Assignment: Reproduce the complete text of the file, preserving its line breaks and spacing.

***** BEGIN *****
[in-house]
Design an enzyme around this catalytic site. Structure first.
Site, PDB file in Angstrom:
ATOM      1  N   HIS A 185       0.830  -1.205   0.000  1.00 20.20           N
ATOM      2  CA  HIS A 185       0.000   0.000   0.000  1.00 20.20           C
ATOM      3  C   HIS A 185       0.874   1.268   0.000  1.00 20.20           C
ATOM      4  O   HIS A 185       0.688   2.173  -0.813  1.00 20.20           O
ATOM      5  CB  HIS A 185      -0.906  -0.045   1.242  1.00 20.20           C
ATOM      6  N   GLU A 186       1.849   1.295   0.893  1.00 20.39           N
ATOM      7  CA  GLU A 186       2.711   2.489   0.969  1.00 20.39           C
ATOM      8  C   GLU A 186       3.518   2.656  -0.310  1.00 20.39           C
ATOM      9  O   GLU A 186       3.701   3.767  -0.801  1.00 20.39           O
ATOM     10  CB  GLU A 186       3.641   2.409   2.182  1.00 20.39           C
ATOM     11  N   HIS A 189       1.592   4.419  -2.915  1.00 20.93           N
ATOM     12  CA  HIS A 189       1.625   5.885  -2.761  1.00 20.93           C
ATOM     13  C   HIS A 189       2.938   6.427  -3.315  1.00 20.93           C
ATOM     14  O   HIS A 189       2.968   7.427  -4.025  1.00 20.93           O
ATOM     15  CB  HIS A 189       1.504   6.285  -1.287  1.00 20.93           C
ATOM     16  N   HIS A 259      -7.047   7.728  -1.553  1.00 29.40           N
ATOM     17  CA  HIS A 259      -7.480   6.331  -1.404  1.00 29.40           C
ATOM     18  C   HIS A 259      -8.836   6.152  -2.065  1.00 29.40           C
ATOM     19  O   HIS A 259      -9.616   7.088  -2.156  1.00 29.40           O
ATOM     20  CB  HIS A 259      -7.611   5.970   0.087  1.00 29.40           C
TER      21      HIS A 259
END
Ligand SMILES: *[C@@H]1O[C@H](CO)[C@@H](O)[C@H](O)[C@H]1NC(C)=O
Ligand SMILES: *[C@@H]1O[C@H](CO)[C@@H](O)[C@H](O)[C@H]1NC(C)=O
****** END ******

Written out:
[in-house]
Design an enzyme around this catalytic site. Structure first.
Site, PDB file in Angstrom:
ATOM      1  N   HIS A 185       0.830  -1.205   0.000  1.00 20.20           N
ATOM      2  CA  HIS A 185       0.000   0.000   0.000  1.00 20.20           C
ATOM      3  C   HIS A 185       0.874   1.268   0.000  1.00 20.20           C
ATOM      4  O   HIS A 185       0.688   2.173  -0.813  1.00 20.20           O
ATOM      5  CB  HIS A 185      -0.906  -0.045   1.242  1.00 20.20           C
ATOM      6  N   GLU A 186       1.849   1.295   0.893  1.00 20.39           N
ATOM      7  CA  GLU A 186       2.711   2.489   0.969  1.00 20.39           C
ATOM      8  C   GLU A 186       3.518   2.656  -0.310  1.00 20.39           C
ATOM      9  O   GLU A 186       3.701   3.767  -0.801  1.00 20.39           O
ATOM     10  CB  GLU A 186       3.641   2.409   2.182  1.00 20.39           C
ATOM     11  N   HIS A 189       1.592   4.419  -2.915  1.00 20.93           N
ATOM     12  CA  HIS A 189       1.625   5.885  -2.761  1.00 20.93           C
ATOM     13  C   HIS A 189       2.938   6.427  -3.315  1.00 20.93           C
ATOM     14  O   HIS A 189       2.968   7.427  -4.025  1.00 20.93           O
ATOM     15  CB  HIS A 189       1.504   6.285  -1.287  1.00 20.93           C
ATOM     16  N   HIS A 259      -7.047   7.728  -1.553  1.00 29.40           N
ATOM     17  CA  HIS A 259      -7.480   6.331  -1.404  1.00 29.40           C
ATOM     18  C   HIS A 259      -8.836   6.152  -2.065  1.00 29.40           C
ATOM     19  O   HIS A 259      -9.616   7.088  -2.156  1.00 29.40           O
ATOM     20  CB  HIS A 259      -7.611   5.970   0.087  1.00 29.40           C
TER      21      HIS A 259
END
Ligand SMILES: *[C@@H]1O[C@H](CO)[C@@H](O)[C@H](O)[C@H]1NC(C)=O
Ligand SMILES: *[C@@H]1O[C@H](CO)[C@@H](O)[C@H](O)[C@H]1NC(C)=O